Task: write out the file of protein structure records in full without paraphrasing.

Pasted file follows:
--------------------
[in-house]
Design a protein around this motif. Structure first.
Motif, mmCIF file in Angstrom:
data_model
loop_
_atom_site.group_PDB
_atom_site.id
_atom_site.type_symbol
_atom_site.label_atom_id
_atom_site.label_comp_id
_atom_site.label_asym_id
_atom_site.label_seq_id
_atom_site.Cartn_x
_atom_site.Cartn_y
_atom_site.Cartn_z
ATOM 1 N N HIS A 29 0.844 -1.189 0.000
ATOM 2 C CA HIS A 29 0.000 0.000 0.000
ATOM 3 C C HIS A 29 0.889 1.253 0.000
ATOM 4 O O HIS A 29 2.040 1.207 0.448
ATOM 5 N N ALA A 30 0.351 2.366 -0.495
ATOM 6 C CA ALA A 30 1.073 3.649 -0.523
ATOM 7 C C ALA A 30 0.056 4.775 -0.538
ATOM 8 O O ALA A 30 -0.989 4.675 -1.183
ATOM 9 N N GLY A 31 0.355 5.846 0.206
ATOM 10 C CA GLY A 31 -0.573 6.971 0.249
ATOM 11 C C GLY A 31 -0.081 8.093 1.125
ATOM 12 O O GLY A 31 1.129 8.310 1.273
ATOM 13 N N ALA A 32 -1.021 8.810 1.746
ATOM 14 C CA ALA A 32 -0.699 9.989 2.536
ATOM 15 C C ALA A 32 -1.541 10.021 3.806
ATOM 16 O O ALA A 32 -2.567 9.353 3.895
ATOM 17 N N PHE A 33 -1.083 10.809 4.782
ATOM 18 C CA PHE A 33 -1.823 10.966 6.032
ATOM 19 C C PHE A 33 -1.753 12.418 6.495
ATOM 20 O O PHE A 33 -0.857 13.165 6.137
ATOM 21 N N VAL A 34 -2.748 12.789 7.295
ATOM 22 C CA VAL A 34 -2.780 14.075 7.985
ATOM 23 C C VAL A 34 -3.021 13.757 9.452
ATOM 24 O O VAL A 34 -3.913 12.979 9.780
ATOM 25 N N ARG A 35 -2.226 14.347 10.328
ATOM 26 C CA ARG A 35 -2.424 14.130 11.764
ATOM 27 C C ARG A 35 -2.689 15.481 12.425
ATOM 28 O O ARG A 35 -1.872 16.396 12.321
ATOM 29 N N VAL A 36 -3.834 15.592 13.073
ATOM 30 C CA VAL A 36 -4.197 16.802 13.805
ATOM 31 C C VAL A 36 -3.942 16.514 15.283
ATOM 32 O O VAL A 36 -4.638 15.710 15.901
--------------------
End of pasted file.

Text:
[in-house]
Design a protein around this motif. Structure first.
Motif, mmCIF file in Angstrom:
data_model
loop_
_atom_site.group_PDB
_atom_site.id
_atom_site.type_symbol
_atom_site.label_atom_id
_atom_site.label_comp_id
_atom_site.label_asym_id
_atom_site.label_seq_id
_atom_site.Cartn_x
_atom_site.Cartn_y
_atom_site.Cartn_z
ATOM 1 N N HIS A 29 0.844 -1.189 0.000
ATOM 2 C CA HIS A 29 0.000 0.000 0.000
ATOM 3 C C HIS A 29 0.889 1.253 0.000
ATOM 4 O O HIS A 29 2.040 1.207 0.448
ATOM 5 N N ALA A 30 0.351 2.366 -0.495
ATOM 6 C CA ALA A 30 1.073 3.649 -0.523
ATOM 7 C C ALA A 30 0.056 4.775 -0.538
ATOM 8 O O ALA A 30 -0.989 4.675 -1.183
ATOM 9 N N GLY A 31 0.355 5.846 0.206
ATOM 10 C CA GLY A 31 -0.573 6.971 0.249
ATOM 11 C C GLY A 31 -0.081 8.093 1.125
ATOM 12 O O GLY A 31 1.129 8.310 1.273
ATOM 13 N N ALA A 32 -1.021 8.810 1.746
ATOM 14 C CA ALA A 32 -0.699 9.989 2.536
ATOM 15 C C ALA A 32 -1.541 10.021 3.806
ATOM 16 O O ALA A 32 -2.567 9.353 3.895
ATOM 17 N N PHE A 33 -1.083 10.809 4.782
ATOM 18 C CA PHE A 33 -1.823 10.966 6.032
ATOM 19 C C PHE A 33 -1.753 12.418 6.495
ATOM 20 O O PHE A 33 -0.857 13.165 6.137
ATOM 21 N N VAL A 34 -2.748 12.789 7.295
ATOM 22 C CA VAL A 34 -2.780 14.075 7.985
ATOM 23 C C VAL A 34 -3.021 13.757 9.452
ATOM 24 O O VAL A 34 -3.913 12.979 9.780
ATOM 25 N N ARG A 35 -2.226 14.347 10.328
ATOM 26 C CA ARG A 35 -2.424 14.130 11.764
ATOM 27 C C ARG A 35 -2.689 15.481 12.425
ATOM 28 O O ARG A 35 -1.872 16.396 12.321
ATOM 29 N N VAL A 36 -3.834 15.592 13.073
ATOM 30 C CA VAL A 36 -4.197 16.802 13.805
ATOM 31 C C VAL A 36 -3.942 16.514 15.283
ATOM 32 O O VAL A 36 -4.638 15.710 15.901